Top Ten 2.0 Tools – 2010

I am finishing my 14th year as an English-Language Arts teacher of students.  I have grown more as an educator in this one academic year than in the lasGet Shortlinkt five years combined.  I should really be more specific;  I was on paternity leave for six weeks in November and December, so the new growth really didn’t begin until the New Year began.

Through the assistance, encouragement, and on-going support of my colleague, Jessica (@jbrogley for Twitter followers), I have expanded my professional horizons to the vast frontier of technology.  I can’t say enough about her confidence building personality, her willingness to help, and her wide range of Web 2.0 knowledge.

It began with Twitter.  I began following news agencies, professional athletes, and a few friends.  It wasn’t long before I discovered the educators on Twitter willing to share and learn together.  I have already outlined this in a previous post, Professional Development Beyond the Teacher’s Lounge.  I have since dabbled in Facebook and SecondLife.  I took to Facebook a little better than SecondLife, nonetheless I am still learning how to effectively use these two tools.

Writing is a passion of mine and I was searching for an efficient way of sharing my writing with more people.  Through Jess’s help, I began blogging right here on WordPress.  By the way, you are reading blog post #52 from this amateur blogger 🙂

Jessica sent me a link, maybe even through Twitter, to a Wiki that listed a plethora of Web 2.0 tools to for students (I consider myself a student too) to use, CoolToolsforSchools.  It would be an understatement to admit that I was overwhelmed by this list of tools, especially given I had never heard of 98% of them before.  I almost entirely dismissed the idea.  Wow…what a mistake that would have been.  I remember asking Jess how to provide these tools and assistance in using them to the students attending my classes.  Her response was very simple, ‘Give them the list and let them choose.’  Thus, the journey through the complex map of Web 2.0 began.

As of today, my students and I have either used or have been exposed to in some way, shape, or form to over 35 different Web 2.0 tools. I just created that list this morning and I was amazed at the number of different tools I used or the students used in class in the last 18 weeks.  I have decided to list my Top Ten 2.0 Tools.  The criteria for making this top 10 included how user friendly the tool is and how well it presented itself to the class.  Next to most of these tools and there descriptions is an example of how students in my classes applied them for projects and presentations.  Please check out those links…students shining like the sun!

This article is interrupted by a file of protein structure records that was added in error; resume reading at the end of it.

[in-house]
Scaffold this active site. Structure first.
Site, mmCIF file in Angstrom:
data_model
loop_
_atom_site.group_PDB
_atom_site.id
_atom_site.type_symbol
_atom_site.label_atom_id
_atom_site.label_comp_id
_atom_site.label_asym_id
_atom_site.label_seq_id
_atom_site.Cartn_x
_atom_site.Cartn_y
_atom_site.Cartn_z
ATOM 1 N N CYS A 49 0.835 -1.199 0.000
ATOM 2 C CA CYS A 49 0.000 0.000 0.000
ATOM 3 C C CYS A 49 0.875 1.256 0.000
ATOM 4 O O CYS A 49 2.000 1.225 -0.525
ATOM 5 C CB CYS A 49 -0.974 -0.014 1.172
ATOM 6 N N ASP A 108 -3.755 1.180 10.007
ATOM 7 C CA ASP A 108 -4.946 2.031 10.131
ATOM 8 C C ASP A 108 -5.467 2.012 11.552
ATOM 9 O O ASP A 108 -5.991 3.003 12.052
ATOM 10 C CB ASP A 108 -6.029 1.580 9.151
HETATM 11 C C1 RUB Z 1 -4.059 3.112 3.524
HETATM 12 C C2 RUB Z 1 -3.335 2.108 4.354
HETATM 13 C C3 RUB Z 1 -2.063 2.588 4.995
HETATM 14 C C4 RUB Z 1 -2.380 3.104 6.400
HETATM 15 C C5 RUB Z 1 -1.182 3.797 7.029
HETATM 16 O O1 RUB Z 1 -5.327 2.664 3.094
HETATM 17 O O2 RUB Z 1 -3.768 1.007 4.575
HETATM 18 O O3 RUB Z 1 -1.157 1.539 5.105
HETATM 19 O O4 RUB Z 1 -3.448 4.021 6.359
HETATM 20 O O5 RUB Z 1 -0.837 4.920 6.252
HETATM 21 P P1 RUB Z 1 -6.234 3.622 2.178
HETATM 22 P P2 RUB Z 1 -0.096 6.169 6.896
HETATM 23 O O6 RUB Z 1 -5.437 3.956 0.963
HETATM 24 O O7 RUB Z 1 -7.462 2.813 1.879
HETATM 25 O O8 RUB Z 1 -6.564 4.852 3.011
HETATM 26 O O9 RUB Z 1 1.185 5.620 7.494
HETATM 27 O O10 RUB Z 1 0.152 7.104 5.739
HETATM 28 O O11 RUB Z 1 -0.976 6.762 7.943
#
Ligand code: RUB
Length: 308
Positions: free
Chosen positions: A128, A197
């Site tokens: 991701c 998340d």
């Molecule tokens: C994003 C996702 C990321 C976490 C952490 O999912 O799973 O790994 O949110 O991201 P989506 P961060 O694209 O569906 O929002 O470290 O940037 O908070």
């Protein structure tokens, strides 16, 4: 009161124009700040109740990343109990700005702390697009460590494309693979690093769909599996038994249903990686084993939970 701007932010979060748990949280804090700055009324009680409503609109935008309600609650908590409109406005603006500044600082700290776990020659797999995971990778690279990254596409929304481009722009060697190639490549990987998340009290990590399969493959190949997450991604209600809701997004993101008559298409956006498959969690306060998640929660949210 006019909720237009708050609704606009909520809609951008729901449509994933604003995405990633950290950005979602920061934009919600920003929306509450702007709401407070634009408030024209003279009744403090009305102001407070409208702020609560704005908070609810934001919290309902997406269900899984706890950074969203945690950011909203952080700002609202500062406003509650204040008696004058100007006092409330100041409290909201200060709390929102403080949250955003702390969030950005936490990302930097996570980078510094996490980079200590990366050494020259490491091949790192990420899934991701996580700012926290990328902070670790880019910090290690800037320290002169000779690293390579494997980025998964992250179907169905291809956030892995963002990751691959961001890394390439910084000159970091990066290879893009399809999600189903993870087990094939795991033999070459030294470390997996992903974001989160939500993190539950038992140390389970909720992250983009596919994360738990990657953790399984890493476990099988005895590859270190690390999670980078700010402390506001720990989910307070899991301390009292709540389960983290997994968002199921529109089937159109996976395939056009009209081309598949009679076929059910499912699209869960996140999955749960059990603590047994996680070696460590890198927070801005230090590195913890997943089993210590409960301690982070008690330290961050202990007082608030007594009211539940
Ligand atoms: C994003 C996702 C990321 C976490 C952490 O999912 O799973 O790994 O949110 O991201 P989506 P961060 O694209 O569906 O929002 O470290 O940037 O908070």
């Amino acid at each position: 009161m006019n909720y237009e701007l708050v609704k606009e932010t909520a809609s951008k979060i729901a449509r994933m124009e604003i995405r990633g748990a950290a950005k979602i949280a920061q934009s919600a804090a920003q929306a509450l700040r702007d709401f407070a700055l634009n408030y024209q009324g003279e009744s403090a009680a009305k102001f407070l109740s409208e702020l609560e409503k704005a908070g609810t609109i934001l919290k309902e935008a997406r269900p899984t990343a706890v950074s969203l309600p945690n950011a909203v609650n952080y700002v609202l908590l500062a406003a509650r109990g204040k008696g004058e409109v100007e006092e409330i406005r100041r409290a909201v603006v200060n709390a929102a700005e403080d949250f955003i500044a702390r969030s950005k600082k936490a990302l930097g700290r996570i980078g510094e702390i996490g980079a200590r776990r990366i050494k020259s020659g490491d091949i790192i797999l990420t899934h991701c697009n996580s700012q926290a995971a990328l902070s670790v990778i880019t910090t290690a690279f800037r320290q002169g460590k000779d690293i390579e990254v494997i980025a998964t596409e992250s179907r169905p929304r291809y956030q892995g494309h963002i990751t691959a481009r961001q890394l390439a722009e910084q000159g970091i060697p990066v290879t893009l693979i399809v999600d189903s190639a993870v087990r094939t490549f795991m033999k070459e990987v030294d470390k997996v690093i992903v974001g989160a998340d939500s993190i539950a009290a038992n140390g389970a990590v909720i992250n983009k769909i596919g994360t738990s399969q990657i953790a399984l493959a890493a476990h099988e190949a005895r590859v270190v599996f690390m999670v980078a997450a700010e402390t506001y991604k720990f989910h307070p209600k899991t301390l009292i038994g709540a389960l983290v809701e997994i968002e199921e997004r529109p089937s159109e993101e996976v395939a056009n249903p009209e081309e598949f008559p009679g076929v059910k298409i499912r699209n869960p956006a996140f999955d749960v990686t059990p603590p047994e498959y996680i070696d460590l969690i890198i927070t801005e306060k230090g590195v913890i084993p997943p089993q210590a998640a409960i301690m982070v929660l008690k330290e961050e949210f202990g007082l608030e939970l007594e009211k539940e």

These Web 2.0 tools are in no particular order:

1. VuVox

Presentation tool…easy to use. Check out a student example using VuVox for a story collage for The House on Mango Street.

2. Prezi

Presentation tool…makes PowerPoint look elementary…takes a little practice.

Check out this Prezi created by students for The Adventures of Tom Sawyer.


Another presentation tool with capacity to add cool effects. Check out this slide show of a scrapbook created by students for To Kill a Mockingbird.

4. VoiceThread

When using own images along with their own voices, students can make a completely personalized presentation. Check out this cool VoiceThread created by students for The House on Mango Street.

5. MuseumBox

A little tricky at first, but provides great opportunity for complex presentations. I haven’t figured out yet how to share these publicly…sorry :=(

6. Empressr

Not quite as dynamic as Prezi, but much better option than PowerPoint. Students used Empressr to present themes for The House on Mango Street.

7. WordPress

What you are reading…excellent, easy to use EVERYTHING!

8. Ning

Ning is a great social network to use with students. However, in June, Ning will no longer be free for the public.  Ning has collaborated with a sponsor to offer the most basic version free       for educators.

9. OneTrueMedia

Cool presentation tool with loads of options. Students used this tool to create story collage of The House on Mango Street.

10. PhotoPeach

A fun way to create slide shows. PhotoPeach has built in instrumental music features as well.  A slide show of our grit taste testing for To Kill a Mockingbird.

Here are the rest of the tools, the tools that didn’t make the top 10 list, that were used in my classroom in the past 18 weeks:

Animoto, 280Slides, Scrapblog, Glogster, Wix,, SpringNote, WallWisher, WikiSpaces, WetPaint, DabbleBoard, SmileBox, FlipBook, YouTube, TeacherTube, Bomomo, GoAnimate, Gliffy,, Mind42, Delicious, ShapeCollage, FamilyEcho, Wordle,, and PhotoVisi

The journey through this new frontier has been amazing.  The students and I learned together through some challenging projects.  I look forward to the opportunity to start sharing and learning with new students again in the Fall.  If you haven’t tested these waters yet, I strongly recommend that you give it a try.  If you have dabbled in the vast expanse of technology and are willing to share tools that you have used that are not found on this page, please leave a comment to share your experience.  In collaboration we  all learn.  I look forward to hearing your ideas.


About jpsteltz

Proud husband and father of four; Literacy Specialist; Reading Teacher; Literacy Coach; HS ELA Teacher; Published Author
This entry was posted in #edchat, #edtech, Education, Education Administration, Educational Leadership, students, Teaching, technology, twitter and tagged , , , , , , , , . Bookmark the permalink.

26 Responses to Top Ten 2.0 Tools – 2010

  1. Katie says: